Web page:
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Teen bullying: What parents need to know
Prevention starts at home
If you believe that peers influence your child more than you do, think again. Research indicates that your actions can make a big difference. Studies indicate that parents' behavior can prevent teens from becoming either perpetrators or victims of bullying. This effect holds for all forms of bullying.
Consider these specific strategies:
- Get involved. Provide a safe, loving and intellectually stimulating home for your child. Simple activities such as helping with homework and sharing regular family meals have been linked to reduced rates of bullying.
- Monitor screen time. Some research links bullying to unsupervised television watching. Also keep an eye on your child's online activities and text messages.
- Develop emotional intelligence. Teach your child to manage negative emotions by setting an example with your own behavior. Reflect on how you respond to strong feelings of anger, fear or sadness — being careful to identify and accept your emotions, express them without blaming other people, and respond without aggression.
- Meet your child's friends. Welcome any chance to get acquainted with your child's friends.
Discussing teen bullying
Traditional teen bullying tends to decline with age, peaking during middle school and decreasing during high school. Cyber bullying might be an exception, however. More research is needed to determine whether this form of teen bullying becomes less common as children mature.
In the meantime, talk to your child about teen bullying. Even if your child doesn't confess to being bullied, offer specific suggestions to keep bullying at bay:
- Avoid isolation. If you're in a situation where you think bullying might happen, don't go it alone. Stick with trusted classmates during the school day. If you're walking home from school, find someone to go with you.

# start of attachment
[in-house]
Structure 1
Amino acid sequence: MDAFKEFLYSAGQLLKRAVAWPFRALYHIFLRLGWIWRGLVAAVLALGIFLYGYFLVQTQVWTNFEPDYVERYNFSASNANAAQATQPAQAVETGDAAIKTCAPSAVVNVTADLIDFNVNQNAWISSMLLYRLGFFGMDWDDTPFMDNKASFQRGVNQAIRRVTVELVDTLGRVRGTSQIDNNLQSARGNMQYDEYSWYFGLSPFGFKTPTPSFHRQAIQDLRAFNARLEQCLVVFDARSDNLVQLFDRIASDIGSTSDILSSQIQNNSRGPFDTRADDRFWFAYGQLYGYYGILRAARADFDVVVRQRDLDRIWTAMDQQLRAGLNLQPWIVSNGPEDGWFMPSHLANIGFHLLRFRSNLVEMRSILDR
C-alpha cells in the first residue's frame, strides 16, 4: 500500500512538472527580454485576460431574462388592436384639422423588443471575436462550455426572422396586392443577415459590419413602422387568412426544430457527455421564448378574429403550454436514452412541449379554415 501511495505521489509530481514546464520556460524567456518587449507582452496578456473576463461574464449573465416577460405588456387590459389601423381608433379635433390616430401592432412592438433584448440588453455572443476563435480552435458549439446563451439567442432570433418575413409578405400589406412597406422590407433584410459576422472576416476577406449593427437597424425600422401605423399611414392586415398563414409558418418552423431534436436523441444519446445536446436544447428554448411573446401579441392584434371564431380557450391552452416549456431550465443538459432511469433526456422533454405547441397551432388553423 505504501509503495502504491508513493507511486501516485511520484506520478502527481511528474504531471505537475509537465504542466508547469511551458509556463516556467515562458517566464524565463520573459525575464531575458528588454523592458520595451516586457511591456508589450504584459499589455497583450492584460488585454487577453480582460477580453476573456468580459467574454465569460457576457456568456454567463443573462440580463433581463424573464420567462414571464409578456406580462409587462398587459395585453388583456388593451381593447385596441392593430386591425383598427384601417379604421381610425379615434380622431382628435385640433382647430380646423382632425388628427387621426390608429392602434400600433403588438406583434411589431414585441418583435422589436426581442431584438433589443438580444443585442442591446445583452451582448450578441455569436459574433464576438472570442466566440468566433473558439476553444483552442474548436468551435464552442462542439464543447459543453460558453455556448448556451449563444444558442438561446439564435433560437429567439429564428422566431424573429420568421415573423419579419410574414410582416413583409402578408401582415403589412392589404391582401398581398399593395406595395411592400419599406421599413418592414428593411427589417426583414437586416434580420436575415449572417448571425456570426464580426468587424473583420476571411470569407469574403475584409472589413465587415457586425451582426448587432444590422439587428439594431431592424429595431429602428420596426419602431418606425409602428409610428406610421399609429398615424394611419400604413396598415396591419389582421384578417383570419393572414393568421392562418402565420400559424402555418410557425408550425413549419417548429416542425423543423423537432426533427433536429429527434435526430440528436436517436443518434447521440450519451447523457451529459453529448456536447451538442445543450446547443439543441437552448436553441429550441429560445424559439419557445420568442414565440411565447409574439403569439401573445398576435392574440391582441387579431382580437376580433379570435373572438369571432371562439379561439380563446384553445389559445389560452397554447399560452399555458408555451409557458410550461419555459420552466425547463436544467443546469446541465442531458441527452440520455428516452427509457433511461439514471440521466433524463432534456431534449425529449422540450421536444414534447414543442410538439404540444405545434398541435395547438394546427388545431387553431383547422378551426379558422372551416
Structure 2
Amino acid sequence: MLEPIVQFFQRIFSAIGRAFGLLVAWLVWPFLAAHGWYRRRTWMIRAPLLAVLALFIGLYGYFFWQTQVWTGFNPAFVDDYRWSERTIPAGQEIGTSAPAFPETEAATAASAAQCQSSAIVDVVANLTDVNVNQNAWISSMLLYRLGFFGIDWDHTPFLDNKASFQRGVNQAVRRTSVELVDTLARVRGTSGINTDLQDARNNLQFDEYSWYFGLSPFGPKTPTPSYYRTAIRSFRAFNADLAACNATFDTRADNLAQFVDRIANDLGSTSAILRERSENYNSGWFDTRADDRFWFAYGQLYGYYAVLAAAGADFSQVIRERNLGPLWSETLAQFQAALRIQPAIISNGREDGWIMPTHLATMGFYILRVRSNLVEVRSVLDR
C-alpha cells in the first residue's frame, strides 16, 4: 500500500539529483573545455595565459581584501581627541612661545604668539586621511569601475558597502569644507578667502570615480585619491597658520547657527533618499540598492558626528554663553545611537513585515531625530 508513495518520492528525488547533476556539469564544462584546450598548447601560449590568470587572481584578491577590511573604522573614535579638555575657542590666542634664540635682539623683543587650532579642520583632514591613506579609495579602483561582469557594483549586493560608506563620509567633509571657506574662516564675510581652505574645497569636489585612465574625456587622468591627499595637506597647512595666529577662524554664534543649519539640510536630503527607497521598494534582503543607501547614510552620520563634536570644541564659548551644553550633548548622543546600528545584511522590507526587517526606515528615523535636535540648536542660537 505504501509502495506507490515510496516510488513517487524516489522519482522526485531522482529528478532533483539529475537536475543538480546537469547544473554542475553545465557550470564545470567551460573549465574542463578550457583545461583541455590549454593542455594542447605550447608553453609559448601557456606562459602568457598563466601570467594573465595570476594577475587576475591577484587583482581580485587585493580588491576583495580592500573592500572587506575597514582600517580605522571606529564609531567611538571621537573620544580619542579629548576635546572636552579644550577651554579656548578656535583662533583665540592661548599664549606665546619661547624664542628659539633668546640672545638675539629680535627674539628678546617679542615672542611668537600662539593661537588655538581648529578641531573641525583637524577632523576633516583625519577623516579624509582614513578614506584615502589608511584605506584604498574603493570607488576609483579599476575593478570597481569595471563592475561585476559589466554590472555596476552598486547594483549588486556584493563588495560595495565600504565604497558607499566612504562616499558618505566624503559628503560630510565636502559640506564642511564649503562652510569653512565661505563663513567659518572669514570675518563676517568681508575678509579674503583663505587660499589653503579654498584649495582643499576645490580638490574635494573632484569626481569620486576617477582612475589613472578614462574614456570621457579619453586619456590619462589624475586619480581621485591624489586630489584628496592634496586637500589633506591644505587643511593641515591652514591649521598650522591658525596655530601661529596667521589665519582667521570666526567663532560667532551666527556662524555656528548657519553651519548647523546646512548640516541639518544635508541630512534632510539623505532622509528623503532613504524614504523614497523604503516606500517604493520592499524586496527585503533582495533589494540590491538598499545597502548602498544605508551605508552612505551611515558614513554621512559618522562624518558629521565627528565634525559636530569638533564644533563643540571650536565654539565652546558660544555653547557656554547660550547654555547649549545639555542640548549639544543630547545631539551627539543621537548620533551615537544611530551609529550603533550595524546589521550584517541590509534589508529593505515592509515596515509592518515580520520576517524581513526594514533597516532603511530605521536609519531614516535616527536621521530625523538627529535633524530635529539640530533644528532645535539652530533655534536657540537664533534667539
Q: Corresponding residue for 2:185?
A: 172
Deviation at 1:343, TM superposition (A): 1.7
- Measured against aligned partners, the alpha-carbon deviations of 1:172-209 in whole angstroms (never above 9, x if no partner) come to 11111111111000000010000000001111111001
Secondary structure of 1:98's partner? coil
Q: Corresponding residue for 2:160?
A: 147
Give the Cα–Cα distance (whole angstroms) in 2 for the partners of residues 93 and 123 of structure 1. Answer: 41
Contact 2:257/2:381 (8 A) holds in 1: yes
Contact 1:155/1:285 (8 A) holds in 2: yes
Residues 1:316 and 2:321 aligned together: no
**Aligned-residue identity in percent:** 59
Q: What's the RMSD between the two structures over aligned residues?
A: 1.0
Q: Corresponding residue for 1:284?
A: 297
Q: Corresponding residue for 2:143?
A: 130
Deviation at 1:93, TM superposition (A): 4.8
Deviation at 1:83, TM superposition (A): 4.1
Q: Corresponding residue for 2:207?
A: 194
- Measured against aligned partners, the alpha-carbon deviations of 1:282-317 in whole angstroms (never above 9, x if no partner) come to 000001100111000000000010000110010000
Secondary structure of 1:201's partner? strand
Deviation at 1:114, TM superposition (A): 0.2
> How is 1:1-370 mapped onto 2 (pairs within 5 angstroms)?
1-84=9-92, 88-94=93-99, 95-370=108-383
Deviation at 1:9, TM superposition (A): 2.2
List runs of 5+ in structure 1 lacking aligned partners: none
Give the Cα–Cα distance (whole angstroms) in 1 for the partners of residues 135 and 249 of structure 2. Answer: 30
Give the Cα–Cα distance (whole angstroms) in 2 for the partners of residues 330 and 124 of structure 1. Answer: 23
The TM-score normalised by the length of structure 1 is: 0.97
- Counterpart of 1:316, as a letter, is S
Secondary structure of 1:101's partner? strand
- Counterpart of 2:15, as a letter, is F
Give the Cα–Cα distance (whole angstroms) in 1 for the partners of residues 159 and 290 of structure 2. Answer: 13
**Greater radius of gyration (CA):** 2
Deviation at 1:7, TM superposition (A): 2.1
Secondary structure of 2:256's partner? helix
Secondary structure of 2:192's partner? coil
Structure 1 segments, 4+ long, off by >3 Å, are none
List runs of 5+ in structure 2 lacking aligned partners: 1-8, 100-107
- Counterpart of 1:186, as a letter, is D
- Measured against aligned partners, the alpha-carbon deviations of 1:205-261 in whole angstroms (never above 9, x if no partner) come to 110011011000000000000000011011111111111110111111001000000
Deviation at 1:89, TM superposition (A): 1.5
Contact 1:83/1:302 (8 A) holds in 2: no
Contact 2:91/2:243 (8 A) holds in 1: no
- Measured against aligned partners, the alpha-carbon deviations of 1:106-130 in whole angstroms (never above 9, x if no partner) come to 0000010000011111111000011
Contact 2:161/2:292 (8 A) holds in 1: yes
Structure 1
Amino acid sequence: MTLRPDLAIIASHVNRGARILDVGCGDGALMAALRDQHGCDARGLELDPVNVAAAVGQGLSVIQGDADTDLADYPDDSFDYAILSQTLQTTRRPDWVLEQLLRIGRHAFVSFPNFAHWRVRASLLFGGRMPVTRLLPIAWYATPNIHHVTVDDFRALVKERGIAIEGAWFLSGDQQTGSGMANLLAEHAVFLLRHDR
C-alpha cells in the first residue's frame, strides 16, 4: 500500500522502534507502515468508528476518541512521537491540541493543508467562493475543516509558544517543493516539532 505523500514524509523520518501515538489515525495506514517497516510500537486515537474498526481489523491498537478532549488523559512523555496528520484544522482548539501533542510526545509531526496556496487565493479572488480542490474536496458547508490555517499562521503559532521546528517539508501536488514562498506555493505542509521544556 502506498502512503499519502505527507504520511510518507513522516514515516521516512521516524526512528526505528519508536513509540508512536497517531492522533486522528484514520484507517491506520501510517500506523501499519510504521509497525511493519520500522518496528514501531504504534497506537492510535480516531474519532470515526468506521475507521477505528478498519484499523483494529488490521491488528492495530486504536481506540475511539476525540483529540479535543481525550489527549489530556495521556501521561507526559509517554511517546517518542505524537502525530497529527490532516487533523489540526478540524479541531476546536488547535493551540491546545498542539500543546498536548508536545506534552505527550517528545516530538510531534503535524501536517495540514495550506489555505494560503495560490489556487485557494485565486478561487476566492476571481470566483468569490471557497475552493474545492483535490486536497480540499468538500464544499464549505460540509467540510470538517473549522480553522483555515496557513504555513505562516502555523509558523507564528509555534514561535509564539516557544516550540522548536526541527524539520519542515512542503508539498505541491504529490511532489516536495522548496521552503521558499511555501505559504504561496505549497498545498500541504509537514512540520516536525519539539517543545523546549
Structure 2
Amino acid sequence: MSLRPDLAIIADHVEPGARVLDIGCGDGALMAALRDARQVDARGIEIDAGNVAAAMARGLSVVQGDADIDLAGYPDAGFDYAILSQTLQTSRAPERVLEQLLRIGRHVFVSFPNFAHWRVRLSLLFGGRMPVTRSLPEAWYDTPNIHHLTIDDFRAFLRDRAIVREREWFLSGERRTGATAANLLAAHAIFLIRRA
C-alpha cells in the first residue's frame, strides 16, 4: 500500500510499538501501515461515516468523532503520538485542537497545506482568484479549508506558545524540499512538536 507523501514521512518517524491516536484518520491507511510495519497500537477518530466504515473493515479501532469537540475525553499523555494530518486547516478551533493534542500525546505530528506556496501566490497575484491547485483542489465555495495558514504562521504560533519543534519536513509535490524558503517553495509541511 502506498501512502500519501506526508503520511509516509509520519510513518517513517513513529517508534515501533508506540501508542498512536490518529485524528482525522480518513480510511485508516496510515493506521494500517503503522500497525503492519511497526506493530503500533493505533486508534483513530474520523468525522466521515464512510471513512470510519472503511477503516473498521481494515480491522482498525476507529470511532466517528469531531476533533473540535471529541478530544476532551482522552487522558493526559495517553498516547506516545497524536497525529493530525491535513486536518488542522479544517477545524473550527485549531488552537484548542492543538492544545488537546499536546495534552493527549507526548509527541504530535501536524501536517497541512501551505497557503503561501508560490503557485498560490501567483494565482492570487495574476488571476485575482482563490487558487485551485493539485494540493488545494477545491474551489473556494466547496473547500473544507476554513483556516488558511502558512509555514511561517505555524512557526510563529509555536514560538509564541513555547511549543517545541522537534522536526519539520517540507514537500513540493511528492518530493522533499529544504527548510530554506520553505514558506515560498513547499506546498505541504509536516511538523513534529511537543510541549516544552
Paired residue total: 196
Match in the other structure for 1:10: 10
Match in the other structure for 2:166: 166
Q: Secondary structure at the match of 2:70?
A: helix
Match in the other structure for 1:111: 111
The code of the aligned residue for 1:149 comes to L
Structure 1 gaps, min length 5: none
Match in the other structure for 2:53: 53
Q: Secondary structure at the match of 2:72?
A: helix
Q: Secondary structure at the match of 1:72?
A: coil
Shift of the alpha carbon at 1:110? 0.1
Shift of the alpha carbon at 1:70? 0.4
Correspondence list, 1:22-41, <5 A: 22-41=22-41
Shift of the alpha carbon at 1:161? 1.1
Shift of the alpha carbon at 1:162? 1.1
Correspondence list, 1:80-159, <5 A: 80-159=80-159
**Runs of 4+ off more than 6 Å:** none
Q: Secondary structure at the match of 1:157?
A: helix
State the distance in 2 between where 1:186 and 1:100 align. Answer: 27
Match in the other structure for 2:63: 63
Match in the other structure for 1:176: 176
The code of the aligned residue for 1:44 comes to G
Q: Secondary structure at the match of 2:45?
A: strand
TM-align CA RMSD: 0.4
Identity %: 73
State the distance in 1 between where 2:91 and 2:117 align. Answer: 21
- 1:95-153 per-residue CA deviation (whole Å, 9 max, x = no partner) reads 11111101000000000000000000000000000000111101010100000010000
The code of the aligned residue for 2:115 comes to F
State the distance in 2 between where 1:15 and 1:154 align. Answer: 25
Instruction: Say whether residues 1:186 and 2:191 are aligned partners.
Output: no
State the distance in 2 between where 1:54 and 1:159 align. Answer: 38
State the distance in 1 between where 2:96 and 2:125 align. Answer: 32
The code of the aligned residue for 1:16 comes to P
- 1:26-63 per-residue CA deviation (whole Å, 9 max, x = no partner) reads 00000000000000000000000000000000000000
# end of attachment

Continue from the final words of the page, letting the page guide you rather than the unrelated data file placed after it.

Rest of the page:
- Communicate self-confidence. Walk tall, make eye contact and speak assertively to the bully. Just saying "stop" or walking away from the bully — or deleting offending emails or text messages — may be enough.
- Nurture positive friendships. Spend time with trusted friends, or reach out to friendly peers. Make new friends through after-school activities, such as music, theater and athletics.
- Avoid violence. Getting involved in a fight may only lead to more aggression.
- Report dangerous situations. If you're being stalked or you've been physically attacked by a bully, don't be afraid to tell a trusted adult.
Responding to teen bullying
If your child admits being bullied, take action. Start by reassuring your child. Tell your child that you'll do everything in your power to help — and you won't revoke cell phone or Internet privileges as a consequence of being bullied. Never imply that getting bullied is your child's fault. Then:
- Record the details. Write down the details — the date, who was involved and what specifically happened. Record the facts as objectively as possible.
- Meet with school authorities. Start with a teacher who knows your child well. Ask whether your child's classroom behavior has changed or if there are any other warning signs. You might also consult a school dean, counselor or other school contact.
- Explain your concerns in a matter-of-fact way. Instead of finding blame, ask for help to solve the bullying problem. Keep notes on these meetings. Remember that it can take time for teachers and administrators to investigate bullying in a fair and factual way.
- Ask for a copy of the school's policy on bullying. Find out how bullying is addressed in the school's curriculum, as well as how staff members are obligated to respond to known or suspected bullying.
If these steps don't seem to help or your child has been injured or traumatized by continued bullying, consult a mental health provider. You might also consider talking to an attorney. Taking legal action to disrupt a culture of bullying can make your community safer for all teens.Previous page
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